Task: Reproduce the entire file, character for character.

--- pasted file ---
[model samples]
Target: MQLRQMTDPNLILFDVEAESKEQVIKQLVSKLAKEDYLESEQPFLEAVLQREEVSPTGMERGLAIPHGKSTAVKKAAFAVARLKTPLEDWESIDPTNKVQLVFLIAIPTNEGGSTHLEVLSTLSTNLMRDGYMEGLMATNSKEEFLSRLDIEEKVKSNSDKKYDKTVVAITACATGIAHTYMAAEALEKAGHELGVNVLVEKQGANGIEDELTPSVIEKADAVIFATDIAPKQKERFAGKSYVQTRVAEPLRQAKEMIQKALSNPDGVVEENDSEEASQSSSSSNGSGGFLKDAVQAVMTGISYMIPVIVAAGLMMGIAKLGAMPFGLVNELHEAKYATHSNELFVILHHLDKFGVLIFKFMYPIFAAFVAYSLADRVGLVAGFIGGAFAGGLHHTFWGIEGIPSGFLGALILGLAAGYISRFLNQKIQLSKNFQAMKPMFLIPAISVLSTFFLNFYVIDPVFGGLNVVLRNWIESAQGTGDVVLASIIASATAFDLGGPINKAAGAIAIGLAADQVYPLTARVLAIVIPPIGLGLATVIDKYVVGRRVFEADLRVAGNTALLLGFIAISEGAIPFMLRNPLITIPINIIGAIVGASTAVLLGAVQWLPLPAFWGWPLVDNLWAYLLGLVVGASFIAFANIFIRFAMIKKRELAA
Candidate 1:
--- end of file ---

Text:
[model samples]
Target: MQLRQMTDPNLILFDVEAESKEQVIKQLVSKLAKEDYLESEQPFLEAVLQREEVSPTGMERGLAIPHGKSTAVKKAAFAVARLKTPLEDWESIDPTNKVQLVFLIAIPTNEGGSTHLEVLSTLSTNLMRDGYMEGLMATNSKEEFLSRLDIEEKVKSNSDKKYDKTVVAITACATGIAHTYMAAEALEKAGHELGVNVLVEKQGANGIEDELTPSVIEKADAVIFATDIAPKQKERFAGKSYVQTRVAEPLRQAKEMIQKALSNPDGVVEENDSEEASQSSSSSNGSGGFLKDAVQAVMTGISYMIPVIVAAGLMMGIAKLGAMPFGLVNELHEAKYATHSNELFVILHHLDKFGVLIFKFMYPIFAAFVAYSLADRVGLVAGFIGGAFAGGLHHTFWGIEGIPSGFLGALILGLAAGYISRFLNQKIQLSKNFQAMKPMFLIPAISVLSTFFLNFYVIDPVFGGLNVVLRNWIESAQGTGDVVLASIIASATAFDLGGPINKAAGAIAIGLAADQVYPLTARVLAIVIPPIGLGLATVIDKYVVGRRVFEADLRVAGNTALLLGFIAISEGAIPFMLRNPLITIPINIIGAIVGASTAVLLGAVQWLPLPAFWGWPLVDNLWAYLLGLVVGASFIAFANIFIRFAMIKKRELAA
Candidate 1: